Top Tips For New Mums After A C-Section
Many new mums avoid all exercise in the months after a birth, especially after a C-section
Perhaps this is in the belief that it will cause too much strain on their bodies - and exercise may be quite a scary prospect after this procedure. According to celebrity fitness expert, Jane Dowling, this is not the case at all. After years of personally training new mums, Jane is divulging some of her expert advice on exercising after a C-section.
Up to 6 weeks after the birthIt is not advisable to do any 'specific' dynamic exercises for 6 weeks, and yes, you need to be gentle because of the wound - but it is important to start to gently get the circulation going to help heal the wound.
At this initial stage, it is best to be very careful with the movements that you perform - especially with lifting, which is hard if this isn't your first baby.
When lying down, try some deep breathing exercises. Do your pelvic floor exercises (see below) as early as possible as this will help to heal the nerve damage; the earlier you fire up your nervous system, the earlier the muscles in this area will be more responsive to exercise.
Think about how you move around, especially when getting out of bed - keep your knees together and roll onto your side, using your arms to push yourself up. Try and keep the baby close to you so you can nurse easily. If you are not breastfeeding, try to get someone to help prepare the feeds and bring them to you.
When you feel up to it, try some gentle walking 2 to 3 times per day, concentrating on good posture. You will be inclined to stoop because of the scar but make sure you stand upright and keep your chest tall and shoulders back.
After 6 weeksAfter 6 weeks, gentle exercise can usually be resumed, but it is very important to get an 'OK' from your health professional before undertaking any exercise programme.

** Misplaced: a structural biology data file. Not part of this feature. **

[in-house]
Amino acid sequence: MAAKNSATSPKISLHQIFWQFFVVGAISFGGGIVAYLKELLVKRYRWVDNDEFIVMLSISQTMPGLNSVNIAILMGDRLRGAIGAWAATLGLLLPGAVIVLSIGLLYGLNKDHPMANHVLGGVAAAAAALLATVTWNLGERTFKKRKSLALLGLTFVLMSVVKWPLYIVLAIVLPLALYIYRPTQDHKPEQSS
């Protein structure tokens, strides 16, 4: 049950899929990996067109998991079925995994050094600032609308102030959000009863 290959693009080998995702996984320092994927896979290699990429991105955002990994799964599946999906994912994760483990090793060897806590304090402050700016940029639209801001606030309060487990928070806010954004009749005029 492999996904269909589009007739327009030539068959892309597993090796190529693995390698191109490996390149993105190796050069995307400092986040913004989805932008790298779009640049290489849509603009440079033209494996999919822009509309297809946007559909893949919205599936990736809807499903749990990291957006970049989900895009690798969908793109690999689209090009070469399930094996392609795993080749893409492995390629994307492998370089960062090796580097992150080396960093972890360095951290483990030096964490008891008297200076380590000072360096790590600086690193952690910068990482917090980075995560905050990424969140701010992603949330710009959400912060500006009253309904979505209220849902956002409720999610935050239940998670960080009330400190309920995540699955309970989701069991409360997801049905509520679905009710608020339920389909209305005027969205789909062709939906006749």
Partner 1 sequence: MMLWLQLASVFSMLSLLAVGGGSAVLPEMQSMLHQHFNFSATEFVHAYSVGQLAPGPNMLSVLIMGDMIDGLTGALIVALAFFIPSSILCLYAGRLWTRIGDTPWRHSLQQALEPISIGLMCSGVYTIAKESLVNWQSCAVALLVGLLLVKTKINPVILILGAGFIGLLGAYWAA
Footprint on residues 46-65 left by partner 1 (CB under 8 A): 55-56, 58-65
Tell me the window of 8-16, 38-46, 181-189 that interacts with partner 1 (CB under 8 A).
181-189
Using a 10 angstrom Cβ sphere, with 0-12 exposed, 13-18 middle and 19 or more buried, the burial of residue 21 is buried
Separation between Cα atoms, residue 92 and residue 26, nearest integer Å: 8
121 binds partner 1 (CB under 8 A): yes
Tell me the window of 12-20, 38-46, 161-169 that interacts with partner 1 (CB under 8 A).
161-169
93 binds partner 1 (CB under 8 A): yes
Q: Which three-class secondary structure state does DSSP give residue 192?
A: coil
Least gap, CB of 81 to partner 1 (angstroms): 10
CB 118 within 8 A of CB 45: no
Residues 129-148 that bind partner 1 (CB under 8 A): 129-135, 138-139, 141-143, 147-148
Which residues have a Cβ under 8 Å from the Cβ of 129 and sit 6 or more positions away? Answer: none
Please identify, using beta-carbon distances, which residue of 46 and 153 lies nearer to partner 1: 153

The Power Plate is a fantastic way to resume exercise as it is totally low impact and is very gentle. Following nerve damage, the vibrations help to 'wake up' the neuromuscular system therefore speeding up the recovery process - both in the muscles regaining strength and in aiding the healing of the incision. In addition, the massage applications of the Power Plate can help with the sore lower backs of new mums.
Pelvic floor muscles are often overstretched and weakened during pregnancy so exercises to strengthen them are crucial.
Slow - Imagine pulling up to stop wind or to stop yourself having a wee; slowly pull up and hold for a couple of seconds before slowly lowering. Gradually increase the length of hold as you become stronger.
Quick - Pull up inside quickly but release slowly. Repeat several times as much as possible throughout the day. Try and associate doing these exercises with doing something that is part of your daily routine: for example, waiting at traffic lights, turning on the kettle, or something similar.
The stomach is another key area on which to focus after childbirth - try these light exercises:
1. Sit on the edge of a hard chair. Lengthen the spine, pull the shoulders back and rib cage up. Pull the tummy button into the spine, hold for a couple of seconds and then release. Remember it may feel frustrating at first as you may not feel as if you have control. Try and do this for at least a minute to begin with. As you start to feel stronger, lift one leg at a time, alternating then relaxing the tummy; then repeat.
2. Lying on your side with your knees bent and head rested on your arm, gently pull the tummy in towards the spine and hold for 6 seconds; repeat 6 times. Do the same on the other side.
1. Perform ab crunches as this will compromise your lower back and make the tummy dome outwards; it will not get you a flat tummy.
2. Do any impact work: it is not a good idea when relaxin is still present in your body as it affects not only the pelvic floor but your ligaments as well. Therefore, the ligaments are not supporting the joints effectively during this type of exercise - they are like weak elastic. You may not feel the immediate effect but you must think of the long-term effects on your knees, lower back and pelvic floor.
More InfoJane Dowling originally trained in the medical/rehabilitation field; she then became a personal trainer popular with both the rich and the celebrity, including several A-list actors.